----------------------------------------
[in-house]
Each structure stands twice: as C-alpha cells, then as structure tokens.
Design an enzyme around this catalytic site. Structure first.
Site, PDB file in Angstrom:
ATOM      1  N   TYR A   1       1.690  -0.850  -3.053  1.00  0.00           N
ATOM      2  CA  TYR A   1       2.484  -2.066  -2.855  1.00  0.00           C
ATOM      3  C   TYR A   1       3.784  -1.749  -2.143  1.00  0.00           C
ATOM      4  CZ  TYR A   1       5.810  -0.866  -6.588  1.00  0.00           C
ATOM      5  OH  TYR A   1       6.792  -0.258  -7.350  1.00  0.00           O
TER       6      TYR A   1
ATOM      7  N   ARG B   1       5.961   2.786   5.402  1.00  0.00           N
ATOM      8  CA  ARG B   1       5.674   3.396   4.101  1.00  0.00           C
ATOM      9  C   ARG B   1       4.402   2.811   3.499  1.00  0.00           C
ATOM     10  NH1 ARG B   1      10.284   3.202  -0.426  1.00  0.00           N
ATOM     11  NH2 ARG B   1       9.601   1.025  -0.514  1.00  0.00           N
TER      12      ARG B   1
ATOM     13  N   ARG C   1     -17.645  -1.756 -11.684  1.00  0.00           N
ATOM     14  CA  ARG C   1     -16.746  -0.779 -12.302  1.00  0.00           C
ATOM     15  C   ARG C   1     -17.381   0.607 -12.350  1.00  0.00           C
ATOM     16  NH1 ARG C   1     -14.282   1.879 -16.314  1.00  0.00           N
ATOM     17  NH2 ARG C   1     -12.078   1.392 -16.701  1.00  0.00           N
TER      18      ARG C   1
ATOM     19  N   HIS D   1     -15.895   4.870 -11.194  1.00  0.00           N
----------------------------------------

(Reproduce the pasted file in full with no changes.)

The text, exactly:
[in-house]
Each structure stands twice: as C-alpha cells, then as structure tokens.
Design an enzyme around this catalytic site. Structure first.
Site, PDB file in Angstrom:
ATOM      1  N   TYR A   1       1.690  -0.850  -3.053  1.00  0.00           N
ATOM      2  CA  TYR A   1       2.484  -2.066  -2.855  1.00  0.00           C
ATOM      3  C   TYR A   1       3.784  -1.749  -2.143  1.00  0.00           C
ATOM      4  CZ  TYR A   1       5.810  -0.866  -6.588  1.00  0.00           C
ATOM      5  OH  TYR A   1       6.792  -0.258  -7.350  1.00  0.00           O
TER       6      TYR A   1
ATOM      7  N   ARG B   1       5.961   2.786   5.402  1.00  0.00           N
ATOM      8  CA  ARG B   1       5.674   3.396   4.101  1.00  0.00           C
ATOM      9  C   ARG B   1       4.402   2.811   3.499  1.00  0.00           C
ATOM     10  NH1 ARG B   1      10.284   3.202  -0.426  1.00  0.00           N
ATOM     11  NH2 ARG B   1       9.601   1.025  -0.514  1.00  0.00           N
TER      12      ARG B   1
ATOM     13  N   ARG C   1     -17.645  -1.756 -11.684  1.00  0.00           N
ATOM     14  CA  ARG C   1     -16.746  -0.779 -12.302  1.00  0.00           C
ATOM     15  C   ARG C   1     -17.381   0.607 -12.350  1.00  0.00           C
ATOM     16  NH1 ARG C   1     -14.282   1.879 -16.314  1.00  0.00           N
ATOM     17  NH2 ARG C   1     -12.078   1.392 -16.701  1.00  0.00           N
TER      18      ARG C   1
ATOM     19  N   HIS D   1     -15.895   4.870 -11.194  1.00  0.00           N